that her work "would outlast the stateliest marble.” However that may be, it was certainly the nearest approach to poetry that the colonies produced during their first century, and now and then we find a phrase with some little poetic merit. In her poem Contemplations, for instance, are the lines :

I heard the merry grasshopper then sing,

The black-clad cricket bear a second part;
They kept one tune and played on the same string,

Seeming to glory in their little art. 6. The children's book. One cannot help wondering a little what the children found to read in colonial days, for the youngest baby. Pilgrim was an old man before it occurred to any one to write a child's book. Even then, it was a book that most of the boys and girls of to-day would think rather dull, for it was a serious

little schoolbook called the New England Now England Primer. No one knows who wrote it, but it Primer,

was published by one Benjamin Harris at his between 1687 and coffee-house and bookstore in Boston, “by the

Town-Pump near the Change,” some time between 1687 and 1690. It contained such knowledge as was thought absolutely necessary for children. After the alphabet came a long list of two-letter combinations, “ab, eb, ib, ob, ub; ac, ec, ic, oc, uc,” etc. ; then a list of words of one syllable; and at last the child had worked his way triumphantly to “a-bom-i-na-tion" and "qual-ifi-ca-tion." There were several short and simple prayers, and there was a picture of the martyr, John Rogers, standing composedly in the flames while his family wept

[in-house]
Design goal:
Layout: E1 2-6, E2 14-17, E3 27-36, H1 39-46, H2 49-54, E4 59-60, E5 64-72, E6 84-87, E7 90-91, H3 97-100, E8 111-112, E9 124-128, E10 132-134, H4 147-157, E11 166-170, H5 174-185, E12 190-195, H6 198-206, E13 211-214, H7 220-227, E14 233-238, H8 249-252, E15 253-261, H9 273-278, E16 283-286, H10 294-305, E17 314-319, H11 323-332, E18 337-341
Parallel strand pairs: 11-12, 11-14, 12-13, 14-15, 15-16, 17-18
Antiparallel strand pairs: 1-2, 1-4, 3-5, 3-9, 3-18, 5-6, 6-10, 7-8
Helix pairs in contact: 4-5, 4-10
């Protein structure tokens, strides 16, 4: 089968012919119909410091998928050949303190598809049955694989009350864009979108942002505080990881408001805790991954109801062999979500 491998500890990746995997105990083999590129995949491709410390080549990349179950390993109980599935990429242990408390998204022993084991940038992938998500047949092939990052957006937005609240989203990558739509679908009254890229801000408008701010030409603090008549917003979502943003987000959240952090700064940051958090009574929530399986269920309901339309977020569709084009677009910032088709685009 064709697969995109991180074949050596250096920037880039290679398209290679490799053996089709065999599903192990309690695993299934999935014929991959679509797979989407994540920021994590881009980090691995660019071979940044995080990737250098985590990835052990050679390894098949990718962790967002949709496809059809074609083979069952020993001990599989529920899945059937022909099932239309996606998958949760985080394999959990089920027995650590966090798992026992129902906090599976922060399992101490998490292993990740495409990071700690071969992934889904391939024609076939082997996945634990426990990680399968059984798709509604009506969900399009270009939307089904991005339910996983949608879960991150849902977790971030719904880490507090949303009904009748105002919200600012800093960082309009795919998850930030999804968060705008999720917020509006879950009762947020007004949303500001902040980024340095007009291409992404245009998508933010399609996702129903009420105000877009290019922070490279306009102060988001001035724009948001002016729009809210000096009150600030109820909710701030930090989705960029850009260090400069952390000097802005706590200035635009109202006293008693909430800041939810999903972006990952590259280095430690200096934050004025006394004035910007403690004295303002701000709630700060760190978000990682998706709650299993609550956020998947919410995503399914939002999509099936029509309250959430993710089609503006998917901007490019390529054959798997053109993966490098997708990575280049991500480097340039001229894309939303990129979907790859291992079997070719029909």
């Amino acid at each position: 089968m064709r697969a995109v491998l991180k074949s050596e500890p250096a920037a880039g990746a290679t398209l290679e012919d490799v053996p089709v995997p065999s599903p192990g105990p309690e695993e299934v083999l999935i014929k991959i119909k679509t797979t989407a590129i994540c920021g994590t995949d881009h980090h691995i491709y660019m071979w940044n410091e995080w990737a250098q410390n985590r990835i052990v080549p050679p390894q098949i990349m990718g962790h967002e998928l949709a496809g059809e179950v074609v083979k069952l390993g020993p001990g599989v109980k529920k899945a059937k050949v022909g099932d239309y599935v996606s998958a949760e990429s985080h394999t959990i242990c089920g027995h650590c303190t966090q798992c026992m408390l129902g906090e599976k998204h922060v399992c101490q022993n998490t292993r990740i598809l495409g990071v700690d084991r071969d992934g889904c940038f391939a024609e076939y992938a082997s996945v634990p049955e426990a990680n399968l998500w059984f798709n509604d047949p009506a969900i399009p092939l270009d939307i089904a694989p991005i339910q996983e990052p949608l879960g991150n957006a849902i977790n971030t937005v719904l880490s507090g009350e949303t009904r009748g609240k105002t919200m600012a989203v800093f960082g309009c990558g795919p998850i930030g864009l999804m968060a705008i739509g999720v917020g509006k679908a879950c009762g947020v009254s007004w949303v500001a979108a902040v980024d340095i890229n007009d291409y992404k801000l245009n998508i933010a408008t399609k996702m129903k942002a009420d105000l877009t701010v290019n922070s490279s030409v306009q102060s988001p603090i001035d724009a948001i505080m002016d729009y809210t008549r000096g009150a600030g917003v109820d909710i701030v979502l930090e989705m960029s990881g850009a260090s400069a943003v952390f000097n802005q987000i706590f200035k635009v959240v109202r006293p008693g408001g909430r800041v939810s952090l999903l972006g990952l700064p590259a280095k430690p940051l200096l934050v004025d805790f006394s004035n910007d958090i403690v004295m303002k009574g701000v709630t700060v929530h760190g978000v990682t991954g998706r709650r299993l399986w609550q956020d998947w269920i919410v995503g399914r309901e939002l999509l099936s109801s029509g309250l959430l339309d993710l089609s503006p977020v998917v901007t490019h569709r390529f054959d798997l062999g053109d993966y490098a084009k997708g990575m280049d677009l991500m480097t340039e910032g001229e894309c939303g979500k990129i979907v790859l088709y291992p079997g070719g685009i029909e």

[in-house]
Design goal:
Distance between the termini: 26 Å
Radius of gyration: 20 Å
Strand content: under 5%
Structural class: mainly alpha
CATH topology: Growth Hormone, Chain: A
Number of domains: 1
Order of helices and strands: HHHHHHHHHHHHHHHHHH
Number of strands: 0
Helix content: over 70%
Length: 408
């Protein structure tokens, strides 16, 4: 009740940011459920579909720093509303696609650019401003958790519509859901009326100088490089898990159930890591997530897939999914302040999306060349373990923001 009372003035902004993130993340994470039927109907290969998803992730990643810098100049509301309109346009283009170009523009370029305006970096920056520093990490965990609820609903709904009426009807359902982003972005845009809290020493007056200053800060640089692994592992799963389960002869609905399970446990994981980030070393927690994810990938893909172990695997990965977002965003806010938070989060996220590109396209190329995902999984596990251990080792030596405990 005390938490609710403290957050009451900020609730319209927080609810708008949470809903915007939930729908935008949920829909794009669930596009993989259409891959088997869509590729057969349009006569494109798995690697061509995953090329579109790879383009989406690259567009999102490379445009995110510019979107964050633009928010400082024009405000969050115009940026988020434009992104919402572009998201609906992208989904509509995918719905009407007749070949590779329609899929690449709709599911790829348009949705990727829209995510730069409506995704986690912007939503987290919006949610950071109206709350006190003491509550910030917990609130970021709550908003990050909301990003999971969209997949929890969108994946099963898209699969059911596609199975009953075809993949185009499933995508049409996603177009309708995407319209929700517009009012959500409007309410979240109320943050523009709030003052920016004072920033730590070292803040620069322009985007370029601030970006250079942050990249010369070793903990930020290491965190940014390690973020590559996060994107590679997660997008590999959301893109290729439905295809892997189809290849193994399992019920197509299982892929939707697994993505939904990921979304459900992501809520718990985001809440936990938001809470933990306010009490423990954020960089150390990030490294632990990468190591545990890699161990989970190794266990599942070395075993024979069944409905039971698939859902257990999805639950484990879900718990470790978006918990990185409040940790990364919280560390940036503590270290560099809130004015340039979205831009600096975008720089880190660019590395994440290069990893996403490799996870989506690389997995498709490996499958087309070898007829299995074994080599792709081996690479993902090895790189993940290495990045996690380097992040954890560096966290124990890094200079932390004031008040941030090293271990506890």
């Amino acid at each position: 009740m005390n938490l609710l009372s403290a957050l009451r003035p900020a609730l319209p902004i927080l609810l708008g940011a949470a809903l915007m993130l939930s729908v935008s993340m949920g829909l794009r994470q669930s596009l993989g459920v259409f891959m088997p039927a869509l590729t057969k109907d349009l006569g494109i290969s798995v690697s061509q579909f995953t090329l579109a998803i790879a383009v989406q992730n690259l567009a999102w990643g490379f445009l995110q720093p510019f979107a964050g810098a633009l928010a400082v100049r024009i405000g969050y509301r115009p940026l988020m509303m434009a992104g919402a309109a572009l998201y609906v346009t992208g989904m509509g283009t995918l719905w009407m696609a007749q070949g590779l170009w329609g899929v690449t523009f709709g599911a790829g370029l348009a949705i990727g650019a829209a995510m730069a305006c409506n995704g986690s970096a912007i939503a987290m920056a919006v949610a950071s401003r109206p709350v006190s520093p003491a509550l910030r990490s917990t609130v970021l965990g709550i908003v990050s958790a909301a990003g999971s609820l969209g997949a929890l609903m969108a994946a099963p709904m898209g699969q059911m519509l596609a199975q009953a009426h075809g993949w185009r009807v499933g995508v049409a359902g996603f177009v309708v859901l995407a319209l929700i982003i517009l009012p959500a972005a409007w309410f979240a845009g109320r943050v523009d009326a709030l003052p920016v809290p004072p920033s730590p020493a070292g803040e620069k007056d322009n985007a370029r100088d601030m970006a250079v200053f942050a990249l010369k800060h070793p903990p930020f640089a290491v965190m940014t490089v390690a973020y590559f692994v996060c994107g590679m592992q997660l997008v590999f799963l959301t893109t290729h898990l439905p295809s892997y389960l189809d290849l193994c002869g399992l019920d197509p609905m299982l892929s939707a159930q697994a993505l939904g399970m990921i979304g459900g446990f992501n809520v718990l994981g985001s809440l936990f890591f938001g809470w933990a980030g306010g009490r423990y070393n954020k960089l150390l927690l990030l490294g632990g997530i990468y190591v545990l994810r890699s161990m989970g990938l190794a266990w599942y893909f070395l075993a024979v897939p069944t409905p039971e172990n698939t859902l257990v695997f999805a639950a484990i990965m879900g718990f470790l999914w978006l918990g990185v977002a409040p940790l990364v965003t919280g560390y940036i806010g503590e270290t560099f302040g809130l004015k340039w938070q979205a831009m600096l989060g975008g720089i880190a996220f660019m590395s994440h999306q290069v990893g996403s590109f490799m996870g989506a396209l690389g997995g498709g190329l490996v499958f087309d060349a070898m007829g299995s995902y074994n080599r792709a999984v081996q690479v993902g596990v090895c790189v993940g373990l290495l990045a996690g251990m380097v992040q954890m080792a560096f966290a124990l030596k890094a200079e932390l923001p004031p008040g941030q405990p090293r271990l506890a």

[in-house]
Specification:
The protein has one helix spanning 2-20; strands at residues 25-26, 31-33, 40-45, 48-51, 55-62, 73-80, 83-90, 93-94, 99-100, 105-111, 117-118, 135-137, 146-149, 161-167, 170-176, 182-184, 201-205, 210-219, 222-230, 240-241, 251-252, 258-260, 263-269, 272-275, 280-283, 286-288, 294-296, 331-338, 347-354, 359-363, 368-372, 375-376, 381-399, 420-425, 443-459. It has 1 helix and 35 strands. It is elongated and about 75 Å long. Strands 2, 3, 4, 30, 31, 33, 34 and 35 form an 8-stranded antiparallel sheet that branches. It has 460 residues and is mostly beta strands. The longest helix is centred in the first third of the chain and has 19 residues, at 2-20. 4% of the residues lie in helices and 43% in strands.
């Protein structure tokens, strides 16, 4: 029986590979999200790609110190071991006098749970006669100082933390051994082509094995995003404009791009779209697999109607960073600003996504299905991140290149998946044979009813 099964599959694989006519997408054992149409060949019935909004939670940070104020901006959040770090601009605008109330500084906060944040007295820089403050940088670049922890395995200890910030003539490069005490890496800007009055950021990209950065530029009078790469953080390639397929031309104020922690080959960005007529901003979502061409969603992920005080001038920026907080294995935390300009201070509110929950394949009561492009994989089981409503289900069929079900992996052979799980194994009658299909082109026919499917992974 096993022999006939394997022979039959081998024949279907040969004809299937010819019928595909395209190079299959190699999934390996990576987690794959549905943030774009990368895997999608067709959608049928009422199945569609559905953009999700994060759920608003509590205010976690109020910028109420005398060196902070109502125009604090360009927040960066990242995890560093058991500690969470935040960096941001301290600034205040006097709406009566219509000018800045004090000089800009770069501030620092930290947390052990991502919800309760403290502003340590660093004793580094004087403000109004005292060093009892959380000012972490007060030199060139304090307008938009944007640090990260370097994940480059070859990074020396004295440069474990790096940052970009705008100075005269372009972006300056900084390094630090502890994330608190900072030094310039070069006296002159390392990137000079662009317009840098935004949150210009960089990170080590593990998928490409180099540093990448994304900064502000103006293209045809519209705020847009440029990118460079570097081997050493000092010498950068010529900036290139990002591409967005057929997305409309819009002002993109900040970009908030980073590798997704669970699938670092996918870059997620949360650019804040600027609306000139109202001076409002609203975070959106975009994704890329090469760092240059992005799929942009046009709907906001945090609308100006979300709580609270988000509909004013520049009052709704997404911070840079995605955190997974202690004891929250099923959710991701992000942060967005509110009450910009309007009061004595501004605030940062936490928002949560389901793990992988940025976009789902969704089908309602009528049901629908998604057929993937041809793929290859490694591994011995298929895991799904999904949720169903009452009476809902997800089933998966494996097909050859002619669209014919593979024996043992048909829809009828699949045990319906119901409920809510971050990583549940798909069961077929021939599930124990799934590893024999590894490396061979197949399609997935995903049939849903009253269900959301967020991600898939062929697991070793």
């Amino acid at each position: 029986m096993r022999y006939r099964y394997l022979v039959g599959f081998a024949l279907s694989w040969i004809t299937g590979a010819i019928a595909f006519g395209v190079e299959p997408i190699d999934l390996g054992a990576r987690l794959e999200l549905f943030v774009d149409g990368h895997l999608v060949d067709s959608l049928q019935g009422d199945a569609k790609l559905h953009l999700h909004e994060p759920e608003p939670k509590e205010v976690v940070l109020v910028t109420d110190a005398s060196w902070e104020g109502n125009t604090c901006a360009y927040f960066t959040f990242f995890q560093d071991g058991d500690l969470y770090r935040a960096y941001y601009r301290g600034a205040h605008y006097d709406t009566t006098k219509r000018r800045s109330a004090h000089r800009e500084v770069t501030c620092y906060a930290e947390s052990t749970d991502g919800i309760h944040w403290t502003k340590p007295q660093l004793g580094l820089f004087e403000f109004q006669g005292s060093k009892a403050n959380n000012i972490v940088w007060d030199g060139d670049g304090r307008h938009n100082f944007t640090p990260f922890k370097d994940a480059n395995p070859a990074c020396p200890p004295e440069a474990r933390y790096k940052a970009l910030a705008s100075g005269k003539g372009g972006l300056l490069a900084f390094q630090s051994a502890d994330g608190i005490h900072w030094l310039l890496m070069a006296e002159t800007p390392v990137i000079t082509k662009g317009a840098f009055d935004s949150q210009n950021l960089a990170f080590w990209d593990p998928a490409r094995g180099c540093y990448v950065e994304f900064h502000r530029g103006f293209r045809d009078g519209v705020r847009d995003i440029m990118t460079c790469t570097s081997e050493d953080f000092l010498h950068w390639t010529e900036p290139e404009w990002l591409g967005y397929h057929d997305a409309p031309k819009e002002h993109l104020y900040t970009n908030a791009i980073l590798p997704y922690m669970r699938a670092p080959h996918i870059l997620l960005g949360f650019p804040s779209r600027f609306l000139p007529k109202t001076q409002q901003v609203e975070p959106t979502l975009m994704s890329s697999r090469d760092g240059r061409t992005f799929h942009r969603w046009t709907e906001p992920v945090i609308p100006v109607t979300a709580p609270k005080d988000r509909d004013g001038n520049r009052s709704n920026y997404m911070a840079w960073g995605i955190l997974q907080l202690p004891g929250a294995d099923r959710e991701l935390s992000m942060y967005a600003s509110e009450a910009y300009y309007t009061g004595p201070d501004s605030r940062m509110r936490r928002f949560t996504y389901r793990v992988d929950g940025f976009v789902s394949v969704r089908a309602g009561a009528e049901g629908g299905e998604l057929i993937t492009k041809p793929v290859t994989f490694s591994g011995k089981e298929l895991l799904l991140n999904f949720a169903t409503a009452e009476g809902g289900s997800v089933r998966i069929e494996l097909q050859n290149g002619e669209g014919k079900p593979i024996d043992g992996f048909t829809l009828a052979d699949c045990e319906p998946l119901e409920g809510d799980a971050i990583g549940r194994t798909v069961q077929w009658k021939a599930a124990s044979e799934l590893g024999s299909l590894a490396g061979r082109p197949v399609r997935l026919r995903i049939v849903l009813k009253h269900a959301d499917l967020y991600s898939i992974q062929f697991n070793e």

around him, and the executioner grinned maliciously. There was a second alphabet with a

In ADAM's Fall rhyme and a pic- A

We finned all. ture for every letter. It began :


Heaven to find,

The Bible Mind.
In Adam's Fall

We sinnéd all.
In the course of

Christ crucify'd

For finners dy'd. countless reprints, many changes were made. It is said D

The Deluge drown'd

The Earth around. that in one edition or another the coup

ELIJAH hid let for every letter E

By Ravens fed. in the alphabet was changed except that for A; but the F

The judgment made Puritan never gave

FELIX afraid. up his firm grasp upon the belief in

As runs the Glass,

G original sin. For a

Our Life doth pass. century these two lines were a part

My Book and Heart

H Н of every orthodox

Must never part. child's moral equipment, and they were


JO B feels the Rod,the keynote of the

Yet blefses GOD. greater part of the prose and rhyme

Proud Korah's troop produced in Amer- K

Was swallowed up. ica during the colonial period.